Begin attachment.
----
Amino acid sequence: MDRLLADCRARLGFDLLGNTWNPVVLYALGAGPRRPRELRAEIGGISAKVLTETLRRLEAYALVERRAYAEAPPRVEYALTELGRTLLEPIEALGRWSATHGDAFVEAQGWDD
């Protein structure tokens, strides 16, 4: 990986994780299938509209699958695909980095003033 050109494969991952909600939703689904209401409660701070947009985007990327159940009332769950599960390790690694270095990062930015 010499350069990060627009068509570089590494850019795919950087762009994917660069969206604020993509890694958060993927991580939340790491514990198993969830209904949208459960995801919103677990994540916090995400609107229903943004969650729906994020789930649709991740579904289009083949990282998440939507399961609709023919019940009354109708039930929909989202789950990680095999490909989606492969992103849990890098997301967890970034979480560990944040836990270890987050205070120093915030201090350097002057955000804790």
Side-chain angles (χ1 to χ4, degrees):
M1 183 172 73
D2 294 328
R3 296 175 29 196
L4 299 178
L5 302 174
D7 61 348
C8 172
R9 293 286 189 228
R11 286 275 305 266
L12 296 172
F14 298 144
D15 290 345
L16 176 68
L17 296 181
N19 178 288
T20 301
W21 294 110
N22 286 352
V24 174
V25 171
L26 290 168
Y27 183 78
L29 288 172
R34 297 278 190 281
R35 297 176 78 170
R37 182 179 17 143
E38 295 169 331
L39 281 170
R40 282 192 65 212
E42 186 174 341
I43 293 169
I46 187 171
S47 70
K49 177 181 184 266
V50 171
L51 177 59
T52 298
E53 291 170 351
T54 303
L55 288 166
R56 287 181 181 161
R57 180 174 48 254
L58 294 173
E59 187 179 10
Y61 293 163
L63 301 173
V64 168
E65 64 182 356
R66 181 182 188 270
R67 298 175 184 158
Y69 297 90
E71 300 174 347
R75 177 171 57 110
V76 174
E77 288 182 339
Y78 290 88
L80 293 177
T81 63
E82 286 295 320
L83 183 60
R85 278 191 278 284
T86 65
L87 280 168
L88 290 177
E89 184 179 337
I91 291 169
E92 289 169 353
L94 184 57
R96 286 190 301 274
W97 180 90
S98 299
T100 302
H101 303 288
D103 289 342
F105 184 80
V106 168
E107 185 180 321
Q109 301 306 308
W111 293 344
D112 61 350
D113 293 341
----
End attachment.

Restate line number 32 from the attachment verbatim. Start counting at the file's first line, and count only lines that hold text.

R40 282 192 65 212